racial disparity

The Ongoing Racial Bias in Cannabis Arrests

We’ve written a lot on this blog about the social injustices created by outdated federal marijuana laws. We’re not done yet.

More than just costly and ineffective, the ongoing war on drugs has made an outsized impact on black and brown communities. Indeed – the continuing federal prohibition of cannabis costs taxpayers billions each year, and research has proven the strategy has been almost completely ineffective in reducing consumption or availability. But what’s more, the racial bias in cannabis enforcement can lead to convictions that impair people’s ability to get a job, rent an apartment, or even vote.

Despite the large number of states that have legalized or decriminalized, people of color are still more likely to be arrested for cannabis than white peoplealthough their usage rates are comparable.

In recent reporting, the American Civil Liberties Union (ACLU) pointed out that although overall arrest numbers have decreased in states that have ended prohibition, racial disparities linger in the remaining enforcement in those places. Elsewhere, in states where cannabis remains illegal, black people are arrested for marijuana almost ten times as often as white people.

Here are the key takeaways of the report, called “A Tale of Two Countries: Racially Targeted Arrests in the Era of Marijuana Reform:”

Cannabis Arrests are Still Prolific Across the Country

Since 2010, cannabis arrests have dropped by 18 percent, but since 2015 there has been a rise, despite the legalization or decriminalization policies sweeping the nation. Marijuana arrests accounted for just under half of all drug arrests in 2018, the most recent year the research covers, and 89 percent were arrested for possession alone.

Massive Racial Disparities Persist

Black people are consistently more likely to be arrested for possession than whites—over three times more—even though their usage rates are almost identical. In every state across the country, African Americans are more likely to be arrested, and even the legalization movement hasn’t reduced these trends. In some parts of the country, it has gotten worse.

“The U.S. has waged a failed, devastating, decades-long war on drugs, including marijuana, in specific communities. Rounding up hundreds of thousands of people every year—millions every decade—for marijuana offenses, this racist campaign has caused profound and far-reaching harm on the people arrested, convicted, and/or incarcerated for marijuana offenses,” ACLU said. “Such harm cannot be undone, but as a country we can acknowledge, repair, and rebuild so that our future looks nothing like our prohibitionist past.”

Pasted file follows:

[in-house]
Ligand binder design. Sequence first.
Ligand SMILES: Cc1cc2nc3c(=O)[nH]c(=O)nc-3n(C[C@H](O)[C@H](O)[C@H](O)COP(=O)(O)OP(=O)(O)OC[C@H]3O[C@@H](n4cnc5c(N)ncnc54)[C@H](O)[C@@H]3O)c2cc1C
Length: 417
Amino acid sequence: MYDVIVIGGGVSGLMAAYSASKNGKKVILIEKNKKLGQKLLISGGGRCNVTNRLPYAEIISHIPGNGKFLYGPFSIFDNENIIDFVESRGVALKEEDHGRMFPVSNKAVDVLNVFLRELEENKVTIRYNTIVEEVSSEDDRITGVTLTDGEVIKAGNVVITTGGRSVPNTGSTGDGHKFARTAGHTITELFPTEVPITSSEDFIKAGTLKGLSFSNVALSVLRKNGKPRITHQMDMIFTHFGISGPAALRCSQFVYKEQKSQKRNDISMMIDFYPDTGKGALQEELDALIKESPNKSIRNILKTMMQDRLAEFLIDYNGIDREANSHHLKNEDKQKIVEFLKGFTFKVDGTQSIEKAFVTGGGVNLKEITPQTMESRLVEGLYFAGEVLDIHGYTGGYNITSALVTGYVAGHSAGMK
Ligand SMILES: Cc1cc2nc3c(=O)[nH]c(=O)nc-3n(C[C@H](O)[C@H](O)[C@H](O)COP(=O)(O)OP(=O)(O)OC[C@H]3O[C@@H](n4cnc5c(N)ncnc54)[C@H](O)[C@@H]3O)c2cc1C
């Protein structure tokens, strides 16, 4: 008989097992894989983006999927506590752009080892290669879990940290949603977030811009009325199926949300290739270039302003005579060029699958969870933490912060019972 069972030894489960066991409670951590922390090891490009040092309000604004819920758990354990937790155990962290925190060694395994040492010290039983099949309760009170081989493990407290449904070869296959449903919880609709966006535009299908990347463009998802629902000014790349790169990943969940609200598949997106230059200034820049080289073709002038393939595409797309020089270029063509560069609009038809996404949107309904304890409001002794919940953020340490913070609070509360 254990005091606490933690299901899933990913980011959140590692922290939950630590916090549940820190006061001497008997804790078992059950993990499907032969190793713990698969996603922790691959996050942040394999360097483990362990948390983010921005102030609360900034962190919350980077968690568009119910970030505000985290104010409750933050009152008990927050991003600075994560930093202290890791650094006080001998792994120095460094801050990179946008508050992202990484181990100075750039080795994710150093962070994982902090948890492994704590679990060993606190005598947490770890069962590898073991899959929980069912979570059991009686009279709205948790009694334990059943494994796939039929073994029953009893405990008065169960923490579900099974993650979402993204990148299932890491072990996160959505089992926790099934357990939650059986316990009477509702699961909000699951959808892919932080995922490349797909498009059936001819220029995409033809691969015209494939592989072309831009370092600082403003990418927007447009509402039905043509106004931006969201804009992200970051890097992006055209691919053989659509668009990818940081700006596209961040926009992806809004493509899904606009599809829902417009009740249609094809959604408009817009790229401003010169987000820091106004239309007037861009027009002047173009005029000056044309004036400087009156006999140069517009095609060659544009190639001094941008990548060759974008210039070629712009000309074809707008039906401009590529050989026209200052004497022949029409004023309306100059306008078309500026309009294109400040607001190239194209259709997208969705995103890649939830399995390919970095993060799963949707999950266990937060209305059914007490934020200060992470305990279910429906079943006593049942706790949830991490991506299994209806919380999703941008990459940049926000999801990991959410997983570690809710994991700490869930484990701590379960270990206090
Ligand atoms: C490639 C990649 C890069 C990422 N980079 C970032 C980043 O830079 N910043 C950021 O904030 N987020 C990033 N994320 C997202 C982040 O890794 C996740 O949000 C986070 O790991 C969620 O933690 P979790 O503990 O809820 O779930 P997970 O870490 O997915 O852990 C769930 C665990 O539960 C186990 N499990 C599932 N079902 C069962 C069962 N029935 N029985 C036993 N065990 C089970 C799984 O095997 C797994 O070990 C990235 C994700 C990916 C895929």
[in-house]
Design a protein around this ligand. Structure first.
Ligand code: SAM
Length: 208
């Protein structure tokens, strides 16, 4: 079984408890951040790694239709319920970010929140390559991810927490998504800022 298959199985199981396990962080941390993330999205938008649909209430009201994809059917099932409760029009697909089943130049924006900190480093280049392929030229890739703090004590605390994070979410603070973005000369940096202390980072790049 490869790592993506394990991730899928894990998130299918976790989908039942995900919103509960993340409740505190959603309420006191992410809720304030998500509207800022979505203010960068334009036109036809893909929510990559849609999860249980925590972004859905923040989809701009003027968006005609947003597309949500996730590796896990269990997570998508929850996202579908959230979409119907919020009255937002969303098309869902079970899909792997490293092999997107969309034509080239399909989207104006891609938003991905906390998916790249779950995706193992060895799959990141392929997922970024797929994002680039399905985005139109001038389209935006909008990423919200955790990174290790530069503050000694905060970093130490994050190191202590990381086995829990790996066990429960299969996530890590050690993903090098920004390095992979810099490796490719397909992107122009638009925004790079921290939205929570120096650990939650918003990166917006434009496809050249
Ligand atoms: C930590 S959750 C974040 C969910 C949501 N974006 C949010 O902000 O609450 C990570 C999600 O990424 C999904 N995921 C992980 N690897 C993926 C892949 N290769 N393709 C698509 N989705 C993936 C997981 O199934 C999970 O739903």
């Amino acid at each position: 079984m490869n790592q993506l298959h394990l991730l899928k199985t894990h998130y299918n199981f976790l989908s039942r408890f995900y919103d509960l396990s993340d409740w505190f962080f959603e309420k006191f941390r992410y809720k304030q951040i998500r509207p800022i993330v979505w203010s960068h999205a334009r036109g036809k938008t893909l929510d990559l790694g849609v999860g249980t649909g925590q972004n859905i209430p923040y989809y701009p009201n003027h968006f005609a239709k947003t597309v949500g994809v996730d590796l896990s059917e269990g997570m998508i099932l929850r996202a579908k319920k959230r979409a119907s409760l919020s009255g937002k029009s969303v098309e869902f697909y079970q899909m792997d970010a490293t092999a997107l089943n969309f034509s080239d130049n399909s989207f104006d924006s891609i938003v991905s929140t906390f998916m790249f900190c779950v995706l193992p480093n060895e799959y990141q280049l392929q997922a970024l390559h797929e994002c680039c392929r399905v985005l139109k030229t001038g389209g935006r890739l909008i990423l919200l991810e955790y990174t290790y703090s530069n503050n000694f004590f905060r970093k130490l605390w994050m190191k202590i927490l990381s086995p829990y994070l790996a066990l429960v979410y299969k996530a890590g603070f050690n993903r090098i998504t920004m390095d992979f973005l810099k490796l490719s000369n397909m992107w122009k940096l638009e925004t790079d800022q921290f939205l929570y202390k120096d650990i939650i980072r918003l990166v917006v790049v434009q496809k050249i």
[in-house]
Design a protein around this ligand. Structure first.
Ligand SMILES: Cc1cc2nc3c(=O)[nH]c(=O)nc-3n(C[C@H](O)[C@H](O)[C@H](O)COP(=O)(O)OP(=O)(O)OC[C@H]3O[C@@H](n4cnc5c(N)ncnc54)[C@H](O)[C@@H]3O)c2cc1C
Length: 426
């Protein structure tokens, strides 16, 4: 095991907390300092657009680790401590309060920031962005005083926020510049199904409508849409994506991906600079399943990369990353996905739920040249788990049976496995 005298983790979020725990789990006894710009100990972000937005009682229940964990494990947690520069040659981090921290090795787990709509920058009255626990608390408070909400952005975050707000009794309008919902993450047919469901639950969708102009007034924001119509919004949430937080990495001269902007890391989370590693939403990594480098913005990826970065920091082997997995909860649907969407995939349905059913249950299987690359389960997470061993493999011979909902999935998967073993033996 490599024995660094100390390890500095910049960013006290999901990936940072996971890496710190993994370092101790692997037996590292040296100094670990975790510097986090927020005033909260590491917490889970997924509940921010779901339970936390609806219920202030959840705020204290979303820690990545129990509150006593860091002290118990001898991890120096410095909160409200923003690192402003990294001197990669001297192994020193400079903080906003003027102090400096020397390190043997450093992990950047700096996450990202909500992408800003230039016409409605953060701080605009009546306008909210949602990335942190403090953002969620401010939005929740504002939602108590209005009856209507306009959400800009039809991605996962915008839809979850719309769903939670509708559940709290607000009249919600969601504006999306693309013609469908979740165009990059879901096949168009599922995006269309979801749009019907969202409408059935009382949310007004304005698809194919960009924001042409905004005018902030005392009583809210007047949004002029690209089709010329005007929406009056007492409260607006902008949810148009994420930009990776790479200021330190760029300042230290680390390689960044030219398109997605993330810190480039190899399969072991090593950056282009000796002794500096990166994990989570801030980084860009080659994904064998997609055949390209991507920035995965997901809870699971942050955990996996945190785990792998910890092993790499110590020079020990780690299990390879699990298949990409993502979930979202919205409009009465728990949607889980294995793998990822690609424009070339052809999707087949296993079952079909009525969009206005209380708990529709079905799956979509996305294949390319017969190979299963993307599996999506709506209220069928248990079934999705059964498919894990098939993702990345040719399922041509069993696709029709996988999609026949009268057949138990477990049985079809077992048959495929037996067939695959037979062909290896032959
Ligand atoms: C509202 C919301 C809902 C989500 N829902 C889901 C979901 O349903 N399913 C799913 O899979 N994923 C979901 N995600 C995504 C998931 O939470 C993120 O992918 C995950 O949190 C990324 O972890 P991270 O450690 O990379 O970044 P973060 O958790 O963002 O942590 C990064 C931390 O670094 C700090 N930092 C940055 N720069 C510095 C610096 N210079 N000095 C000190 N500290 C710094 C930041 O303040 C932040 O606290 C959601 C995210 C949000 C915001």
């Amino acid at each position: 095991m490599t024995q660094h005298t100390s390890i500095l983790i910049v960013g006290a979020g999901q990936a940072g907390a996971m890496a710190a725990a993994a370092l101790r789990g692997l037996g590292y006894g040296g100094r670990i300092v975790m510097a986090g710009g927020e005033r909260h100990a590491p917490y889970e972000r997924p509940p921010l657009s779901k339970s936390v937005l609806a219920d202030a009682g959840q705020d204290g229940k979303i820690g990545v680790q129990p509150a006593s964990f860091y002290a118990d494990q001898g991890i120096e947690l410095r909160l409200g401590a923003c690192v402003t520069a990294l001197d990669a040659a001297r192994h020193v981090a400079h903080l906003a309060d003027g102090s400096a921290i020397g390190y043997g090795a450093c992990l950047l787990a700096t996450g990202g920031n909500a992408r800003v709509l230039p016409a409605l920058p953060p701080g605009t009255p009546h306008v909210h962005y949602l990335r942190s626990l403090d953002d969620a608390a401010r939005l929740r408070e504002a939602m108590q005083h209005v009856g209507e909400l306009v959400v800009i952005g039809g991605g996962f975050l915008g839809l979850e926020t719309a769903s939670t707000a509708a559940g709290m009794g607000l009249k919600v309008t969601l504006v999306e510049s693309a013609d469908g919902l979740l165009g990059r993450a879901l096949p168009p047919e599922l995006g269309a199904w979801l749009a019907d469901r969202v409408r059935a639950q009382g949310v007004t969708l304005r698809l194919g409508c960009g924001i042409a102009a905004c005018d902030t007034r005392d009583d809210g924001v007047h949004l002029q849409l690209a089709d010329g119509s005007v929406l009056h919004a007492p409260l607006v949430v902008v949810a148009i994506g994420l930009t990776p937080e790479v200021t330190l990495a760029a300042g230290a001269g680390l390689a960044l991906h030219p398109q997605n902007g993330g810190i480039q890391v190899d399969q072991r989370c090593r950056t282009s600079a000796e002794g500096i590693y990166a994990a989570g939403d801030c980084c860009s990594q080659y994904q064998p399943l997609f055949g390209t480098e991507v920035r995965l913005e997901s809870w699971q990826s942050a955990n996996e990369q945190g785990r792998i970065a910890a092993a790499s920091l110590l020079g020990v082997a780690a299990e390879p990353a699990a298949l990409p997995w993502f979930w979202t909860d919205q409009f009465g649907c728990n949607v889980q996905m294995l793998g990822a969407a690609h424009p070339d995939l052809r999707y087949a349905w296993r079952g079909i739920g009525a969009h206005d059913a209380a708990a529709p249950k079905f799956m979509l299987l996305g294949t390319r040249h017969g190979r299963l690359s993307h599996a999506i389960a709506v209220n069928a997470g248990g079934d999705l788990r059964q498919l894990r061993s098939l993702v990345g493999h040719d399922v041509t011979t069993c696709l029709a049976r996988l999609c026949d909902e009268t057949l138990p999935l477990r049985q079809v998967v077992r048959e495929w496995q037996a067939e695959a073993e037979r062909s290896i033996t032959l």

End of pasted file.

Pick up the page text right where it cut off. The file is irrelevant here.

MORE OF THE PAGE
Decriminalization Helps, But Legalization is Better

The ACLU research found that cannabis-related arrests drop after decriminalization measures are enacted, but fall more sharply in states that have fully legalized.

Arrest rates are about eight times higher in states that have decriminalized versus those that have fully legalized, although they are lower than in those states who have done neither. Arrests for selling marijuana in states that have legalized dropped over 80 percent between 2010 and 2018, while decriminalized states experienced a 33.6 percent reduction during that same timeframe.

Racial Disparities Continue Despite Policy Reforms

Although arrests have fallen overall, African Americans still continue to be worse affected by marijuana laws than whites, even in states that have decriminalized or legalized.

 “In every state that has legalized or decriminalized marijuana possession, Black people are still more likely to be arrested for possession than white people. Most jurisdictions that have enacted progressive marijuana policy have failed to do so from a foundation of racial justice,” the report warns. “As such, though legalization and decriminalization appear to reduce the overall number of marijuana possession arrests for black and white people alike, such laws have not substantially reduced, let alone eliminated, the significantly larger arrest rates of black people,” ACLU found.

In order to move forward and rectify past injustice, the ACLU recommends that federal and state governments fully legalize, expunge prior convictions and grant clemency to people still incarcerated on cannabis changes. The group further urges that new markets are made equitable and inclusive to those most harmed by the war on drugs.

 

 



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